Button Men operates in a similar fashion, but adds dice to the equation to spice up one-on-one combat.
In Button Men, each player selects a character from the deck, then rolls a handful of dice that represent that character’s potential attacks. Players then go back and forth, trying to remove dice from the other player’s hand in order to win the fight.
The player with the lowest die roll is first to act, and they can attack their opponent’s dice in one of two ways, either taking down a die of lesser or equal value with a single die of their own, or using two dice to add up to the exact total of one of the opponent’s dice.
Any losing dice are removed, and any winning dice are rerolled.
Let’s look at a battle between Gilroy and Montserrat for an example. Gilroy is armed with a d4, a d6, a d8, a d20, and one die of his choice. Montserrat is armed with a d4, a d6, a d8, a d12, and one die of her choice. (For the sake of simplicity, I’m ignoring the special attacks each player has, marked in blue on Gilroy’s card and orange on Montserrat.)
He chooses another d8 for his set, and she chooses a d20 to balance his. They then roll all of the dice and see what they’re working with.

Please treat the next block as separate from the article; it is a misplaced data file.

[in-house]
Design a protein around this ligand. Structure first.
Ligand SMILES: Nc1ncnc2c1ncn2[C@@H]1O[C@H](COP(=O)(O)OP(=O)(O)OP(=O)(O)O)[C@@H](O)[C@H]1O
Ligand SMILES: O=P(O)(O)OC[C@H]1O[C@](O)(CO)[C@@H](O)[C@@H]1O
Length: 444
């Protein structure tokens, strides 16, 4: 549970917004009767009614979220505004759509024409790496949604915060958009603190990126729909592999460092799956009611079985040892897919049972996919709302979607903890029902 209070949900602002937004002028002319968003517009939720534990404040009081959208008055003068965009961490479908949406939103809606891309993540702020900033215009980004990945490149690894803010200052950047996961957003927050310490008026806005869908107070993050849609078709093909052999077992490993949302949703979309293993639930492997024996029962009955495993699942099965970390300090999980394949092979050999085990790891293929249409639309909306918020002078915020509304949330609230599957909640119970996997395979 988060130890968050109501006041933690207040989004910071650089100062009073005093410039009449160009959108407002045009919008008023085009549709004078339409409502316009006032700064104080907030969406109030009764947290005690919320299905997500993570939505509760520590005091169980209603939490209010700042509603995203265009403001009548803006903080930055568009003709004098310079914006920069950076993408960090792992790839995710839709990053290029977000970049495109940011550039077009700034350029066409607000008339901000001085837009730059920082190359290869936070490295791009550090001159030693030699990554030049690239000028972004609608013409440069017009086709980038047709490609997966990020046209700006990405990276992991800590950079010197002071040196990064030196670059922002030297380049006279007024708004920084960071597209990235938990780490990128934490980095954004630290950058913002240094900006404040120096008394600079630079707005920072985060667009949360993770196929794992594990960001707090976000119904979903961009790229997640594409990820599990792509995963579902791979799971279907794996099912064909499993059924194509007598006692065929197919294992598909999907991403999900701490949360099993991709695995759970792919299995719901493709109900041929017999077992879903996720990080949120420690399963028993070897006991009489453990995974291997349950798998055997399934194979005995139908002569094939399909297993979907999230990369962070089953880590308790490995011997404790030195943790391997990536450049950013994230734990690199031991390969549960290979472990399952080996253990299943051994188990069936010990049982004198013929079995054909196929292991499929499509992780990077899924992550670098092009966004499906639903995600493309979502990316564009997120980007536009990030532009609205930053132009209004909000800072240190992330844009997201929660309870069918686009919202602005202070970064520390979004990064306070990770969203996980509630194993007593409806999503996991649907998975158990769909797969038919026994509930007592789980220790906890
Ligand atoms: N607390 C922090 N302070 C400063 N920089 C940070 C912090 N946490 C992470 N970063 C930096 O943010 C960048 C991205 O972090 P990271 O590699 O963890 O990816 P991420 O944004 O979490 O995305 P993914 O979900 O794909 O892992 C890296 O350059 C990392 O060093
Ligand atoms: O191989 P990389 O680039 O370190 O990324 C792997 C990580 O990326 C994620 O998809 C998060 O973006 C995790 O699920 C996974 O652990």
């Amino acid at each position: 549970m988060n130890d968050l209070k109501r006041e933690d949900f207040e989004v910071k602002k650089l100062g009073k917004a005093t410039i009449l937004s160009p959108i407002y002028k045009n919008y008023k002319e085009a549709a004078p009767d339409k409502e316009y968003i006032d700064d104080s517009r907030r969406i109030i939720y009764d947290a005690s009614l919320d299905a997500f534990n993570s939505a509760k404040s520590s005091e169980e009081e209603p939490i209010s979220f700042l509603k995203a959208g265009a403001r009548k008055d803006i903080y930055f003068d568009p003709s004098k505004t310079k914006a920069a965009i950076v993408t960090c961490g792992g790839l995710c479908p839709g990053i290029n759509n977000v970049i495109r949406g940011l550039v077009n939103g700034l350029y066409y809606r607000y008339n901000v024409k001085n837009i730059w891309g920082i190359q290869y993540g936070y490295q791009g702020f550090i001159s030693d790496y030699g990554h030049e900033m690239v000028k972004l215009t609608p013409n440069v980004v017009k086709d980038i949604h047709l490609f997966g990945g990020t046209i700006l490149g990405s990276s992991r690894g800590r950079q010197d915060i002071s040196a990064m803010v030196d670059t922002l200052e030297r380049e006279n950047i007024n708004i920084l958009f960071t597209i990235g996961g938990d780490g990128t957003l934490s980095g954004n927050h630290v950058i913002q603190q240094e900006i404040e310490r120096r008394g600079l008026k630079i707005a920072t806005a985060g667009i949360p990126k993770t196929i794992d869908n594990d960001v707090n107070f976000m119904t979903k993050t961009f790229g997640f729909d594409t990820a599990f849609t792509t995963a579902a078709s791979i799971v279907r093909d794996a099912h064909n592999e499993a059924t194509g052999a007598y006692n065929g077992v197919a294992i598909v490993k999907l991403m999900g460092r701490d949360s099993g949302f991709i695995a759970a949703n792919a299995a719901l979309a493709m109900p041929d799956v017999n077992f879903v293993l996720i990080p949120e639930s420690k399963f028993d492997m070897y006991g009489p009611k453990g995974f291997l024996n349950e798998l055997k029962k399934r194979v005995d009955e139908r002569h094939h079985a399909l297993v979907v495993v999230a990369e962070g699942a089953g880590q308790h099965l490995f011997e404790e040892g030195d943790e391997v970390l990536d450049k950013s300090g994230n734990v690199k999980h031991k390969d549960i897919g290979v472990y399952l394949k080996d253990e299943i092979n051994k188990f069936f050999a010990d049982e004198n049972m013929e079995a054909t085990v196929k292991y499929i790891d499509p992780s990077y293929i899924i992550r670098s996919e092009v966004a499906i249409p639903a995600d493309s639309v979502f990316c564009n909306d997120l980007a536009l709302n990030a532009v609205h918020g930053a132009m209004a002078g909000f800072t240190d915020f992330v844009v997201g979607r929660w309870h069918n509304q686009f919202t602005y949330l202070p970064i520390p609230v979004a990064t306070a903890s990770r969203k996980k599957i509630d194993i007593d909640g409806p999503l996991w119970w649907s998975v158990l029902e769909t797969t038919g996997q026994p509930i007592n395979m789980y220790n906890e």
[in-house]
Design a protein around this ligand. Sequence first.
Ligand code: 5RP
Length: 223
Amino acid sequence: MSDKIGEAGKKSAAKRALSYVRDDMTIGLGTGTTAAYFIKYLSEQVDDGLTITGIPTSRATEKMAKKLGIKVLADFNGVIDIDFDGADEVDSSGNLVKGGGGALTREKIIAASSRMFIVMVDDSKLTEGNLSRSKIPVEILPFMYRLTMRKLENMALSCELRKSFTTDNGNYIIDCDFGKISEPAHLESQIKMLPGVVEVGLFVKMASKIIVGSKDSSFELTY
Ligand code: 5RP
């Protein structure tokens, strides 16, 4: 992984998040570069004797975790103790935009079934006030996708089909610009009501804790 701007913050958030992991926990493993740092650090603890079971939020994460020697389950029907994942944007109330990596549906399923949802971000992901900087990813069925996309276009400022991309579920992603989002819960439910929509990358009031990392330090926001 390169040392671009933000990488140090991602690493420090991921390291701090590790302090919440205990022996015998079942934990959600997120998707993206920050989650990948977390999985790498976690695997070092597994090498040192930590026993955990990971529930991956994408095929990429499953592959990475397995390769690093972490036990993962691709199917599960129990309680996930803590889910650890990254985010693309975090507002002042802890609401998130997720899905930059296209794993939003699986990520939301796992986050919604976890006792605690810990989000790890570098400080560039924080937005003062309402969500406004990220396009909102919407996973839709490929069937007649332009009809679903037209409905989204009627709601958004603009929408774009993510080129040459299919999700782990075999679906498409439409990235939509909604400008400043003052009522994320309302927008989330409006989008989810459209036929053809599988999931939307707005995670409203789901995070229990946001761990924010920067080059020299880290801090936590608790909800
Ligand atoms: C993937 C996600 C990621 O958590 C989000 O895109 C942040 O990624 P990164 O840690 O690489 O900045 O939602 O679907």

Gilroy has two 2s, a 3, a 6, and a 7. Montserrat has two 2s, a 4, a 5, and a 6.
Lowest value goes first, and since their 2s cancel each other out, his 3 (lower than her 4) makes him first to act.
He captures her 5 with his 7 (thereby mathematically removing the chance she could capture his 7 with a 5-2 combination, the only way he could lose his 7 as the board currently stands). He rerolls the die and now has an 11.
She replies by taking his 6 with hers, and rerolling, ending up with a 20. The momentum has now gone her way.
He takes one of her 2s (the one rolled with a d8) with his 2 (rolled with a d8). This ensures both that, if she used that die against him, she couldn’t reroll it and end up with a higher number the next round, and that his own d8 would get rerolled, hopefully giving him a higher number. His gambit works, and he rerolls a 7.
She takes his 11 with her 20, but then rerolls for 7. Both of the highest numbers are now off the board. He trades his 7 for hers (removing her d20 from the game) and rerolls for 7, a lucky break for him.
At this point, it becomes a battle of attrition. She takes his 2 with her own, and rerolls for 5. That 5 is captured by his 7, and he rerolls for 4. She takes his 4 with hers, and rerolls a 1. He wins the game by taking her 1 with his 3.
Even in this quick exchange, the advantage swung back and forth several times, and luck played as big a role as tactics.
With dozens of characters to choose from — plus additional character packs, including soldiers, vampires, fantasy, and more — and a healthy pool of polyhedral dice to play with, Button Men is designed for endless replayability.
If you need a fun, competitive way to open up a night of games, either of these clever and calculating offerings would be the perfect way to kick things off.
Thanks for visiting PuzzleNation Blog today! Be sure to sign up for our newsletter to stay up-to-date on everything PuzzleNation!
You can also share your pictures with us on Instagram, friend us on Facebook, check us out on Twitter, Pinterest, and Tumblr, and explore the always-expanding library of PuzzleNation apps and games on our website!